Although I found the first two titles in the Resident Evil series fascinating in a cultural context & entertainingly goofy in select scenes of CG fantasy violence, I failed to fall head over heels for either work as an individual, stand-alone feature film. Watching Milla Jovovich weaponize a motorcycle by launching it through a stained glass church window makes for a fun, dumb action movie moment, but I’ve had a difficult time maintaining that kind of enthusiasm for the entire length of one of these zombie-themed shoot-em-ups. The third film in the franchise changed that for me. Within the first five minutes of Resident Evil: Extinction I felt a huge leap in quality, as if the series had emerged from a direct-to-DVD production value to a legitimate action cinema aesthetic. This is likely a result of hiring Razorback/Highlander director Russell Mulcahy, who cut his teeth directing music videos for 80s acts like The Buggles, The Vapors, and The Human League, to take the reins. Series mastermind Paul WS Anderson still remains a steady hand in the writer’s seat, but Mulcahy brings a slick sense of professionalism to the film’s staging that saves it from the series’ usual idiotic The Matrix But With Zombies formula.
One of the ways Extinction shakes off its stylistic rut is by hitting the reset button, opening with the exact same scenario as the first Resident Evil film. Milla Jovovich’s zombie-slaying protagonist wakes confused & unremembering in the shower, finding her iconic red dress from the franchise’s debut laid out carefully on her bed. As she tries to fight her way out of a military takeover of her home, she’s killed, the scenario is revealed to be a simulation, and her body is dumped on a pile of similarly-dressed clones in a chilling image that recalls the excellent existential horror Triangle. While The Umbrella Corporation’s main stooge (Game of Thrones’s Iian Glen) is literally trying to clone past successes of the franchise with villainous intent, Extinction then blows its derivative, campy treats wide open by shifting from Matrix knockoff to Mad Max knockoff, taking the zombie-infested shit show on the dusty, dusty road. The breakout has spread from Raccoon City to cover the entire globe, making Earth an endless Mad Max hellscape. Just like in the second Resident Evil film, an inconsequential female badass archetype leads a band of anti-Umbrella Corporation rebels until Jovovich arrives to take over. While Glen’s slick-haired corporate jerk is obsessed with cloning her, he also wants to capture & harness the Original Recipe version, which means the small group of desertscape rebels has to fight off the evil corporation in addition to the zombie hordes. Everything that goes down from there is highly stylized, but mostly predictable outside maybe Jovovich’s newfound telepathy abilities, a weaponized murder of crows the rebels fight off with flame throwers, and the casting of R&B singer Ashanti. The movie then doubles back to its origins a second time for another underground showdown with a mutated humanoid beast & some ominous warnings from a creepy child A.I. This is when Jovovich discovers the cloning project, concluding the film on a moment of existential horror.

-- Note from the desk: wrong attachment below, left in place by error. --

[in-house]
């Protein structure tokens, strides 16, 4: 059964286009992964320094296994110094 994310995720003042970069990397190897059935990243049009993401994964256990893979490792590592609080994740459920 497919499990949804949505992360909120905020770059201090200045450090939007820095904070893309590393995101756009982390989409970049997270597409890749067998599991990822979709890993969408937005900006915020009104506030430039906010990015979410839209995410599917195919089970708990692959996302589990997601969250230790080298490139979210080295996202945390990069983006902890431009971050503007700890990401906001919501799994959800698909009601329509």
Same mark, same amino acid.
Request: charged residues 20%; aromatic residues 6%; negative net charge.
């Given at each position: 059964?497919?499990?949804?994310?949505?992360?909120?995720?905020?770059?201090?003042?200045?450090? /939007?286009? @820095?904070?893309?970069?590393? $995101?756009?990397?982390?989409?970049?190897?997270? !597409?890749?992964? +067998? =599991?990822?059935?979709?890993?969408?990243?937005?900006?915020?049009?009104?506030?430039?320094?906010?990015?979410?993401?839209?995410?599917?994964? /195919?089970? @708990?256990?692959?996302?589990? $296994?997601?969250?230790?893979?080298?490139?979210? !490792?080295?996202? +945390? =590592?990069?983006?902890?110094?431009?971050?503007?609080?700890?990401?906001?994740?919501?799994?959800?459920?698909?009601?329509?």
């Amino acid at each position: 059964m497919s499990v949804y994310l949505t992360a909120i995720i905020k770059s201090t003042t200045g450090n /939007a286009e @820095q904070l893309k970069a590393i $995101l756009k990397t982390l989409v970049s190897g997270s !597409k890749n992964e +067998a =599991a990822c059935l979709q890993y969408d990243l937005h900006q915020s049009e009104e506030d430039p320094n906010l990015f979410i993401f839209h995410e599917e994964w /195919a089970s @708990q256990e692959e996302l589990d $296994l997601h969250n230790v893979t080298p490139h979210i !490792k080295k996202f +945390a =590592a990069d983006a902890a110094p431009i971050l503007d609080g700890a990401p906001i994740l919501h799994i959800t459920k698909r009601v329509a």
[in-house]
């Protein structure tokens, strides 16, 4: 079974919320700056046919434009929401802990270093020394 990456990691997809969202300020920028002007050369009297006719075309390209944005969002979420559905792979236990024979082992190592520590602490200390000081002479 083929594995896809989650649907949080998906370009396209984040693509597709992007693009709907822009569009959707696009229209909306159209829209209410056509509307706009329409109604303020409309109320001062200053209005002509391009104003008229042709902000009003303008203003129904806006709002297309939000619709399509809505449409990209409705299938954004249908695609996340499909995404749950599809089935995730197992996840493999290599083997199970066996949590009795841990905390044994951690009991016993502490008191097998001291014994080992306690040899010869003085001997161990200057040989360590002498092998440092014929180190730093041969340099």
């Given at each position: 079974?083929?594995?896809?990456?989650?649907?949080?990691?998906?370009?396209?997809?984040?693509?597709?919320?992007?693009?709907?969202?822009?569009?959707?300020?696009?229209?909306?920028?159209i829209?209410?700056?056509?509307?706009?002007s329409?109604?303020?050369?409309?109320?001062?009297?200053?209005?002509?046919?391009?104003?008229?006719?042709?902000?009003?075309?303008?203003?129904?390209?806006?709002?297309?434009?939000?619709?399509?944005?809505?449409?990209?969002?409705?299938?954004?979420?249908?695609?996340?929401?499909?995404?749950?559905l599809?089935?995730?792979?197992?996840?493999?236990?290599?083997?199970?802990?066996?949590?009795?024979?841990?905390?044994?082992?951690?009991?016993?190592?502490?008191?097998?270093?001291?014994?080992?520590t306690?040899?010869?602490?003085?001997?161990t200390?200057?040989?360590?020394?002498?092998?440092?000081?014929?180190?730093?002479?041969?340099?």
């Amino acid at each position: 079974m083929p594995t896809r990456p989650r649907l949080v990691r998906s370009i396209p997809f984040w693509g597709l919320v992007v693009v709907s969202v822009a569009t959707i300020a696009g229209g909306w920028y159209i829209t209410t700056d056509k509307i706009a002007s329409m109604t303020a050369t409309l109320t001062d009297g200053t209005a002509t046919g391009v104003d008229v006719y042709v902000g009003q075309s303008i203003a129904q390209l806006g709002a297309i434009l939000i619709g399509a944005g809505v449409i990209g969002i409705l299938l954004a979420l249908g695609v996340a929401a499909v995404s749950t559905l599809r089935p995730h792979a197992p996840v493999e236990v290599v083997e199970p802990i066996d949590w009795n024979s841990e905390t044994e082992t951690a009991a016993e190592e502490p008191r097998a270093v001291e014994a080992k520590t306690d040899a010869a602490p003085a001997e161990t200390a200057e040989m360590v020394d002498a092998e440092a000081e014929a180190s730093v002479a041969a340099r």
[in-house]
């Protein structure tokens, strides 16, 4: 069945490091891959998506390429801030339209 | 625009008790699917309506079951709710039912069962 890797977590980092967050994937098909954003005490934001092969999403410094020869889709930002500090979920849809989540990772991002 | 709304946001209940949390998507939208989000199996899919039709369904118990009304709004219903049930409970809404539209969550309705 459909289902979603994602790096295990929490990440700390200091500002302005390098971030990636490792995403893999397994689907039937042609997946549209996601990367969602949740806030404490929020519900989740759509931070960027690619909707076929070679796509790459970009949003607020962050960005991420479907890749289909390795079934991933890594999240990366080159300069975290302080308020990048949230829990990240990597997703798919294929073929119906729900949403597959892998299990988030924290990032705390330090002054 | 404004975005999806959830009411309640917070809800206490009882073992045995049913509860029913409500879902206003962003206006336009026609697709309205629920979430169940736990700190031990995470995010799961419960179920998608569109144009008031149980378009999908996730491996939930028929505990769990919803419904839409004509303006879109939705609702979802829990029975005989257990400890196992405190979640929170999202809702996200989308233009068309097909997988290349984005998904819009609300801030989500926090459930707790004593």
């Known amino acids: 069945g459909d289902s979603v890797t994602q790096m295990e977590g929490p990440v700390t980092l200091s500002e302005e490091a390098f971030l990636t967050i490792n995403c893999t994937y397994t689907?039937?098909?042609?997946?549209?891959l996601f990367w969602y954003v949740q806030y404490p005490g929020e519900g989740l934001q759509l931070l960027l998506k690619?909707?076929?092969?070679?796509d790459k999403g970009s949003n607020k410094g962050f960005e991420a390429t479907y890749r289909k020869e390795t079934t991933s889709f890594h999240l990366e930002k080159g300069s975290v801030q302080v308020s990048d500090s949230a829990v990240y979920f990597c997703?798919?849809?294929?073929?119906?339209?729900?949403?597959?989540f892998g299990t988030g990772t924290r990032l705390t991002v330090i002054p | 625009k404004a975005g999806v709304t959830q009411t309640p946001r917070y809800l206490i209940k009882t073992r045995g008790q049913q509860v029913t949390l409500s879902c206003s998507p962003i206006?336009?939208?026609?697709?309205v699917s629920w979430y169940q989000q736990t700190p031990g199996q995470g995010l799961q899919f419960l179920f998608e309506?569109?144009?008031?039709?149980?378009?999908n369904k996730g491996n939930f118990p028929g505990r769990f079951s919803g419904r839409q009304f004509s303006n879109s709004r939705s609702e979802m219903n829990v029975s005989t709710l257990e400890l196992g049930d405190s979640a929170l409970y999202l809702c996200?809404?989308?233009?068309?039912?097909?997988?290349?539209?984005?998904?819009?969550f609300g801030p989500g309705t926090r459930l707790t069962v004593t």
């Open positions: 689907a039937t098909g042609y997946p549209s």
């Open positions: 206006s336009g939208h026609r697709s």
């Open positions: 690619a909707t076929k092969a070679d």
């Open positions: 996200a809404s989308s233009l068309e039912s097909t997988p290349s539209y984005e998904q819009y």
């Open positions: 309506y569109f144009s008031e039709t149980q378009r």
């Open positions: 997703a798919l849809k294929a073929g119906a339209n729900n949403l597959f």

It’s difficult to convey exactly why Extinction is of a higher quality than its two predecessors. On a writing level, its story is just as scattered & inconsequential as ever and its characters still sport dumb names like Project Alice, White Queen, and (most notably here) K-Mart. There are some new details like a serum that partially domesticates zombies, characters blowing off steam by running over zombie roadkill, and some corporate intrigue nonsense involving hologram boardroom meetings. It’s all very silly, but no more entertaining in and of itself than the silliness of previous franchise entries. I really do think it’s Mulcahy alone who elevates the material by bringing in a strong, stylistic guiding hand that the series desperately needed. He drags Resident Evil out of its nu metal era technophobia into some more timeless (but equally derivative) genre territory. Extinction is a really fun entry in a series so stupidly convoluted in its futuristic zombie mayhem that it doesn’t deserve to be so entertaining this many films in. I’m a little bummed to know that the last three contributions to the franchise all have Anderson returning to the director’s seat, because it seems like the best he can do at this point is knock down what good will Extinction built up in its break from the usual aesthetic. I won’t at all be surprised if this film stands as the best of the bunch and it’s sad to know that the most fun I’ve had with the series is likely already behind me.